Verse Revisited: “In the Waiting Room” by Elizabeth Bishop

(Originally published 5 October 2012. Kind thanks to Pilvax Magazine for permission to repost.)


By Aaron Hunter

I used to be an avid reader of poetry. From about the age of 16 through my early 30s, I regularly acquired, read, read about, and sometimes studied poetry from a variety of styles, schools, and historical periods. Then I stopped. In the early days of Pilvax, I read and edited the poetry selections, but even then my reading of verse not related directly to the magazine was waning. Returning to university to start an intensive post-graduate program five years ago added distractions, and the reasons not to read even a short poem now and then just kept piling up.

So I’ve decided to do something about that. I miss poetry. I miss rhythmic language, I miss the way a particular poet’s cadences and word choice will slip into my consciousness after spending some time with her, I miss the way a trained hand can guide my wandering mind. Having been away for a while, I thought I’d ease my way back in by returning to poets and verse that I enjoyed back in my poetry-reading days . . . before, perhaps, moving on to unfamiliar territory. This occasional column won’t be so much about analysis or close critical reading. More likely, it will be a collection of thoughts and observations, brief and informal, which describes some of my reactions on coming back to poetry. I encourage any readers to add to my thoughts in the comments section.


For my first entry I’ve chosen Elizabeth Bishop’s “In the Waiting Room,” which was first published in her collection Geography III in 1976. It’s a bit of a high school poem, to be sure, and it wasn’t my first choice when I was thinking about this project. I always remembered some of her other poems more fondly – especially “At the Fishhouses,” “The Prodigal,” and “The Moose.” But in working my way through her Complete Poems, something about “Waiting Room” kept jumping out at me.

It’s a poem that most poets, most students of American poetry, and maybe nearly anybody who remembers high school English class can recall. A little girl sits in a waiting room while her Aunt Consuela has some dental work done. She flips through an issue of National Geographic magazine. She has an epiphany, a moment of enlightenment in which she sees the world and its people as interconnected. She becomes, momentarily, one with them (“you are one of them,” a voice tells her). The dreary patients who share the waiting room with her are no closer or more alike with her than the “black, naked women” of the magazine, or the “dead man slung on a pole / ‘Long Pig,’ the caption said.”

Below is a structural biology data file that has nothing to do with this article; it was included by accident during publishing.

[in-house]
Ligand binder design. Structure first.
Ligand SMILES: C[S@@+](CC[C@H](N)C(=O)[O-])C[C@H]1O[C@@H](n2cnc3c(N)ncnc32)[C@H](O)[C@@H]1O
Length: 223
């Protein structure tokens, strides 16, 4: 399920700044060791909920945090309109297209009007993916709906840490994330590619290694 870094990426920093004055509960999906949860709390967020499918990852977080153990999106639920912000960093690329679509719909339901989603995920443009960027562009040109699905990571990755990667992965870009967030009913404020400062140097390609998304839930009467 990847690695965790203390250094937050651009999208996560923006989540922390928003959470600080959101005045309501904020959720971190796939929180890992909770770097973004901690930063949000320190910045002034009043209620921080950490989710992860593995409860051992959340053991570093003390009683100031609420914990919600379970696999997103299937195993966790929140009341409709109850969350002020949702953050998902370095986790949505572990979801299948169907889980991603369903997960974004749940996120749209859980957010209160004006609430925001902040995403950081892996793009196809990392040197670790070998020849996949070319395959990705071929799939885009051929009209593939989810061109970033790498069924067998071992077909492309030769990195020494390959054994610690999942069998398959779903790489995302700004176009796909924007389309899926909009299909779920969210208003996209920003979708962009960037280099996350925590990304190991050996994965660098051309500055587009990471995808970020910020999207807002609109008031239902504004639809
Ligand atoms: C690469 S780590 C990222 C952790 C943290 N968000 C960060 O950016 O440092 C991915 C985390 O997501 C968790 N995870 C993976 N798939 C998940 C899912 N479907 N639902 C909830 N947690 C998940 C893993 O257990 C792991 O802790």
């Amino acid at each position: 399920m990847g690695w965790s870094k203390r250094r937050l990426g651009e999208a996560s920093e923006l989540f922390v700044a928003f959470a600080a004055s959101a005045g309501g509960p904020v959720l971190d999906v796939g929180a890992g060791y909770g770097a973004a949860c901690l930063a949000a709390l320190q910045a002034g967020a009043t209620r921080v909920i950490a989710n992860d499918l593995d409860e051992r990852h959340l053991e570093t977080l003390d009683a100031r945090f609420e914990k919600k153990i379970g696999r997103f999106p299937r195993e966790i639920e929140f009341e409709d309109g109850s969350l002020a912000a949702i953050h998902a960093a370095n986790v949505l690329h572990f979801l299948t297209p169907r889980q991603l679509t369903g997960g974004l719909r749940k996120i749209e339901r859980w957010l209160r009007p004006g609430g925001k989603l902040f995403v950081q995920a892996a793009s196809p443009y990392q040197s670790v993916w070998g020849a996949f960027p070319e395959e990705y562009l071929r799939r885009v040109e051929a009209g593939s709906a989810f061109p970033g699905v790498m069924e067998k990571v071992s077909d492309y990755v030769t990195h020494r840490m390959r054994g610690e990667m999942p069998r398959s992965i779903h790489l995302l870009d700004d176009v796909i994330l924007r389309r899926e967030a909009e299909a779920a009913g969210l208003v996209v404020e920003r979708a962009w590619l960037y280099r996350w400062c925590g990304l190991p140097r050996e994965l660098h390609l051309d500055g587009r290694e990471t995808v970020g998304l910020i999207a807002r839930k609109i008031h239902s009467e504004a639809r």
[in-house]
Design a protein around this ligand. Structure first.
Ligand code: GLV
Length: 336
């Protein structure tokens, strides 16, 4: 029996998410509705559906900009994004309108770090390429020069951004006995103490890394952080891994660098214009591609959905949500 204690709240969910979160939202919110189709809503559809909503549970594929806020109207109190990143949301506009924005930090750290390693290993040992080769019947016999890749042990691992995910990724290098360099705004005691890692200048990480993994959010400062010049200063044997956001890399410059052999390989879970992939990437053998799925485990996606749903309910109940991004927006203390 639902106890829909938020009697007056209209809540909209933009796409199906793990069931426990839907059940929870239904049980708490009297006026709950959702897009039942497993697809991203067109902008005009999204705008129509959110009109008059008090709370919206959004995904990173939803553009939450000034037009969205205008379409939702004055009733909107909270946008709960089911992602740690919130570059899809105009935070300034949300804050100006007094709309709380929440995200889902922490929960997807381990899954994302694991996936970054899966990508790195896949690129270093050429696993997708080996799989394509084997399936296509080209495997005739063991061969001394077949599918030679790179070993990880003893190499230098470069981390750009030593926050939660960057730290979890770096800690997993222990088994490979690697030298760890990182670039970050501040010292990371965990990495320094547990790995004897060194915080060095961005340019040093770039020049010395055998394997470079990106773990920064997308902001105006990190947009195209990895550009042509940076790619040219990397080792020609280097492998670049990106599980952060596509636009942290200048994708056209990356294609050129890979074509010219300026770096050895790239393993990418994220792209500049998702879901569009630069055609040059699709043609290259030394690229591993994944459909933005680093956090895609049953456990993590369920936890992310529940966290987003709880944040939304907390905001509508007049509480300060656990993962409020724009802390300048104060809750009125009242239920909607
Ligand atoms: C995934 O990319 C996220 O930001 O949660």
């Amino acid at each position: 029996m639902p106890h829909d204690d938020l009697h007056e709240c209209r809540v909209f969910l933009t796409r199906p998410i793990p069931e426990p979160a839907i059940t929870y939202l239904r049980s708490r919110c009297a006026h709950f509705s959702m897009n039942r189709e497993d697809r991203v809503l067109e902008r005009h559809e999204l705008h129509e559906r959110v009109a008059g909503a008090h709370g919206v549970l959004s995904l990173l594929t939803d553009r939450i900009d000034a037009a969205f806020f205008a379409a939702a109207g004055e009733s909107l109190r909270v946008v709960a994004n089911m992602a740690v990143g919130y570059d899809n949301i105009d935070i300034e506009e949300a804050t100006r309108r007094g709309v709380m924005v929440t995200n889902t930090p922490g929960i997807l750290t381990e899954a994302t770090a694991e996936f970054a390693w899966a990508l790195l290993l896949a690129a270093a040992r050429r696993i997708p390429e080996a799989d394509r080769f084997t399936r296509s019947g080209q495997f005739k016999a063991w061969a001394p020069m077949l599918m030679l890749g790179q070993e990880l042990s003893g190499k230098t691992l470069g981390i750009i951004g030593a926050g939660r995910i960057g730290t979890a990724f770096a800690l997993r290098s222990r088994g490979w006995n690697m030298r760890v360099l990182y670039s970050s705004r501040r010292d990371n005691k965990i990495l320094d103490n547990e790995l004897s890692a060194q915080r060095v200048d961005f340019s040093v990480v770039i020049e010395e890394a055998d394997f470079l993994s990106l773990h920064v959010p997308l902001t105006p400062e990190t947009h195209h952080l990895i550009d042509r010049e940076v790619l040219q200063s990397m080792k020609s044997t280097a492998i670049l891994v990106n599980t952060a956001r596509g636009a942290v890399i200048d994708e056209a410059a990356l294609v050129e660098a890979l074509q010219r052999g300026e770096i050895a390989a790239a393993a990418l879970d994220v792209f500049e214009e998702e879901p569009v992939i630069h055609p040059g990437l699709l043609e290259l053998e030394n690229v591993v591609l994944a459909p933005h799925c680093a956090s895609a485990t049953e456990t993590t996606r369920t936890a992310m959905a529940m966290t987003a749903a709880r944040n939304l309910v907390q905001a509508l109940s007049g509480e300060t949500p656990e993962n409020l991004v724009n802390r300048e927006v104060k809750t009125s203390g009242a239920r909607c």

The poem grabbed me because, in one sense, it’s a fairly traditional example of American Transcendentalism. The little girl in the poem is having an Emersonian eye experience that so many other American poets have had. Yet she’s not out in nature, she’s not contemplating the rocks and the birds and the trees. She’s sitting in a waiting room, surrounded by “shadowy gray knees, / trousers and skirts and boots.” It’s a mundane experience, one she resents at the beginning of the poem (her “foolish aunt”), and yet amidst the mundane she has her moment of universal connectedness (she recognizes how “unlikely” this should be).

It’s almost funny – it would be funny, if only it weren’t so serious. And if only it didn’t lead so organically to that lovely, unsettling question: who am I? And it’s the way that question is reached that really jumped out at me this time around, really reminded me that, yes, I have been missing something:

But I felt: you are an I,
you are an Elizabeth,
you are one of them.
Why should you be one, too?
I scarcely dared to look
to see what it was I was.

“I scarcely dared to look / to see what it was I was.” Those are the lines that sell it for me. They imbue the moment with an element of danger that does not regularly accompany the transcendental poetic moment. I appreciate the honesty of that sense of danger, that sense of discomfort and unease, which comes along with an experience that is too often milked for a triumphant but, perhaps, unearned wisdom.

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